6.5 Expeditioners surveyed by AAD in 2015 reported that their experience of WHS at AAD was either better than (47 per cent) or the same as (44 per cent) that experienced in other organisations. Recent station leaders have also made generally positive observations about expeditioners’ attitudes to WHS and their contribution to a safe workplace. Station leaders reported that expeditioners used the Take 5 booklet, completed Job Hazard Assessment Templates and, in general, complied with WHS requirements.

Measuring progress

6.6 AAD considers that ‘developing a positive WHS culture’ is one of its key WHS targets, with three KPIs to measure progress towards this target:

  • 90 per cent attendance at Head Office WHS meetings;
  • quarterly station committee meetings; and
  • adequate briefing of station WHS officers.

6.7 AAD has reported that it is progressing well against these indicators, with the exception of frequency of station meetings (as discussed above at paragraph 6.3).

Does AAD have in place an effective system for reporting WHS incidents and hazards, and handling investigations into higher-risk incidents?

AAD has an effective system in place for reporting WHS incidents. As required by established internal procedures, the majority of incident reports recorded in the system are risk-rated, the underlying cause of incidents is recorded, and corrective actions are identified and undertaken. A recent focus on the timely closure of incident reports has also yielded positive results. However, the conduct of incident investigations, particularly in relation to more significant incidents, is an area that requires further attention. To effectively manage risk and to meet its WHS obligations, AAD should improve its management of incident investigations, in particular the timely completion of all required investigations.

Reporting system

6.8 AAD’s Incident, Hazard and Improvement Suggestions (IHIS) System50 enables the reporting, follow-up and monitoring of incidents, hazards and suggested improvements. All staff are able to log an incident or suggest an improvement in IHIS, and AAD requires reporting of all WHS incidents to comply with legal obligations and to help identify trends and areas for improvement.51

6.9 Since IHIS was introduced in 2006, 1523 reports have been entered, with around 150 to 200 IHIS reports logged each year. AAD advised the ANAO that in the early years of IHIS use, around 30 reports were logged annually, and that there was now an improved culture of reporting incidents and hazards.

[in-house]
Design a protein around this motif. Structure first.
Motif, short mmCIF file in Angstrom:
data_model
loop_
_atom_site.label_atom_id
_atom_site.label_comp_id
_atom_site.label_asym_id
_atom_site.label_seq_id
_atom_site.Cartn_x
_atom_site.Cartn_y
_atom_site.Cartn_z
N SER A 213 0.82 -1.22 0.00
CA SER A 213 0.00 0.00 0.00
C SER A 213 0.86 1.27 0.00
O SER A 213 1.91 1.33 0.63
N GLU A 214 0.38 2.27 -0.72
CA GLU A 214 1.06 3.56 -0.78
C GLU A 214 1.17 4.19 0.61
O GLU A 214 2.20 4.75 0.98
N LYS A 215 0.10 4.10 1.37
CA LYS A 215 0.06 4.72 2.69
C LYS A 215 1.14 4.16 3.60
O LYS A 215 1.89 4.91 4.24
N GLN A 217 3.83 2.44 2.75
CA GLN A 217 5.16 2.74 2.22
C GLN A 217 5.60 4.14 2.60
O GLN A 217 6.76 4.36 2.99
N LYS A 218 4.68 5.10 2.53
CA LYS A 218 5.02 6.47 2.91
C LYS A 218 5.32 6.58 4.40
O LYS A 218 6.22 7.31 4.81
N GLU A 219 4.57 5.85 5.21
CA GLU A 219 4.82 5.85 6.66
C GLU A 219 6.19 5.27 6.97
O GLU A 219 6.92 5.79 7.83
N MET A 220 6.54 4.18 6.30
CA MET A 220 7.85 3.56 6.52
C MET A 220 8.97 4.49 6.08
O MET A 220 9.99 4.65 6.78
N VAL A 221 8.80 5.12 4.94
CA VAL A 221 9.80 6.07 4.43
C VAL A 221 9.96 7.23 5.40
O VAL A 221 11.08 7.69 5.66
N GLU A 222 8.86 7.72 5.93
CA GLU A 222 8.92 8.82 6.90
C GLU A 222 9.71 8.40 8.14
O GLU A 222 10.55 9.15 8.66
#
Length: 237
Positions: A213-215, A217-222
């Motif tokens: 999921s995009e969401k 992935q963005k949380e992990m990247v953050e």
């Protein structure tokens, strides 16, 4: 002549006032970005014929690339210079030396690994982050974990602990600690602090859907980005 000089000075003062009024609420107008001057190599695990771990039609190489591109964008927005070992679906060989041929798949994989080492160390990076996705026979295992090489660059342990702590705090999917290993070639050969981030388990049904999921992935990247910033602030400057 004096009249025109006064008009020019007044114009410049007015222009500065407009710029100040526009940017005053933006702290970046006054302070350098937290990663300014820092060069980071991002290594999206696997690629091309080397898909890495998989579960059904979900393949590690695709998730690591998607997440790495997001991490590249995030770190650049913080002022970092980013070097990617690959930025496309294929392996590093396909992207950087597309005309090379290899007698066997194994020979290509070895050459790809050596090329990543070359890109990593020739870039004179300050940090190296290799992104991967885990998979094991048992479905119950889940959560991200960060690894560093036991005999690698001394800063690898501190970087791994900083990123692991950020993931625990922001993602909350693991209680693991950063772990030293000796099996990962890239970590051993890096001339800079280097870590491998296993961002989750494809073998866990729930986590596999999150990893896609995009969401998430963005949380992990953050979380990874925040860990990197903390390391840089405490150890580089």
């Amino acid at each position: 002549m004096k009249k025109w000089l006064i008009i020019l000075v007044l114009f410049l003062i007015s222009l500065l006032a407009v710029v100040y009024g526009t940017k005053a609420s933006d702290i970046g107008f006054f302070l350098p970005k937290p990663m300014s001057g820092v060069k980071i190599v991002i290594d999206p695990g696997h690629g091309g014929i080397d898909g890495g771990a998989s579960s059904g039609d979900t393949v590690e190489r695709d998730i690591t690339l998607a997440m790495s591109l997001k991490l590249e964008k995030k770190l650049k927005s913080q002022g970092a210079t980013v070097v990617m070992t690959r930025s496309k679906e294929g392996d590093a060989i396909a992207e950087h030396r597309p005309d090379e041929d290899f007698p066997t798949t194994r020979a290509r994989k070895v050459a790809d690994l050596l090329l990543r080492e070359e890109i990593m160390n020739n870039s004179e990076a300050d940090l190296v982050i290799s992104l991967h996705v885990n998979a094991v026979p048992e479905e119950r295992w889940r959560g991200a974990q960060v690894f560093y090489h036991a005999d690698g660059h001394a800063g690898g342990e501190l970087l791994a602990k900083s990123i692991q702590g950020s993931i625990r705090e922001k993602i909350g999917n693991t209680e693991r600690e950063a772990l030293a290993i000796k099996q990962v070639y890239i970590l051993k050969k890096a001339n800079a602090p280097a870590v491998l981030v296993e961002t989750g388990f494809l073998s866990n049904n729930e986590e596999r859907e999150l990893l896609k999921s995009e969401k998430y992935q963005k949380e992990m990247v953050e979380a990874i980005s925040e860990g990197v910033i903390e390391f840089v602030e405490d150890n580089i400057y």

6.10 Station leaders have reported favourably, overall, on IHIS use among expeditioners. Around one quarter of expeditioners who responded to AAD’s 2015 survey reported that they had entered reports in the IHIS system. Of these, 63 per cent stated that the issue was resolved in a timely manner and 66 per cent reported that the issue was resolved in the manner that they expected. However, during a site visit to an Antarctic station, the ANAO was advised that staff may be reluctant to enter reports of a minor nature into IHIS because it may bring attention to a work area or supervisor.

ANAO analysis results

6.11 The majority of WHS reports recorded in IHIS that were reviewed by the ANAO52 related to incidents that occurred at AAD stations (61 per cent). Of the 46 reports reviewed, there were:

  • 35 incidents (15 open, 20 closed);
  • nine hazards (four open, five closed); and
  • two suggested improvements (both closed).

6.12 The ANAO’s analysis identified that, while 50 per cent of WHS incidents had been logged in IHIS within two days of their occurrence, there was room to improve the timeliness of incident reporting. The ANAO found that 33 per cent of cases were logged between 2–12 days after the incident occurred and 17 per cent logged 16 days or later. The required incident information fields within IHIS had, in the main, been appropriately completed. While 56 per cent of the reviewed incident reports had been closed within six months, 33 per cent required six to 12 months to complete, and 11 per cent of the reports reviewed had taken between 12–18 months to close.53

Report closure

6.13 Once all corrective actions are complete (and investigations conducted, where required), the responsible manager is to close the report record in IHIS. The system sets a default target of three months for closing reports, however, this date may be extended by the WHS Manager or the responsible line manager. AAD aims to have all reports rated medium, high or critical closed within 18 months of entry in IHIS, unless a need for further time has been identified. AAD has succeeded in recent years in reducing the number of reports open for longer than 18 months—from 123 in March 2011 to 40 in March 2015.54

6.14 The ANAO’s sample contained one low-risk report that had been open for longer than 18 months.55 An additional seven had been open for more than one year (one critical and one medium report remained open, while one high and one medium report had taken more than one year to close).

Monitoring effectiveness of corrective actions

6.15 A 2012 internal audit recommended that AAD build into IHIS the capability to monitor the effectiveness of corrective actions. While AAD informed the ANAO that it agreed that corrective actions should be reviewed, the IHIS records reviewed by the ANAO did not include evidence to indicate that any monitoring or reporting of corrective actions had been implemented. There would be benefit in AAD ensuring that risk-based monitoring and evaluation of corrective actions is conducted (for example, a review after 12 to 18 months for reports rated high and critical), with responsibility and timeframes assigned in the IHIS record.

Incident investigations

6.16 According to AAD procedures56, all IHIS incidents risk-rated as medium, high or critical, were to be investigated. Responsible managers nominated in the IHIS record were required to follow AAD’s Incident Investigation Procedure, as follows:

  • for medium-level investigations, a two-page template was to be completed; and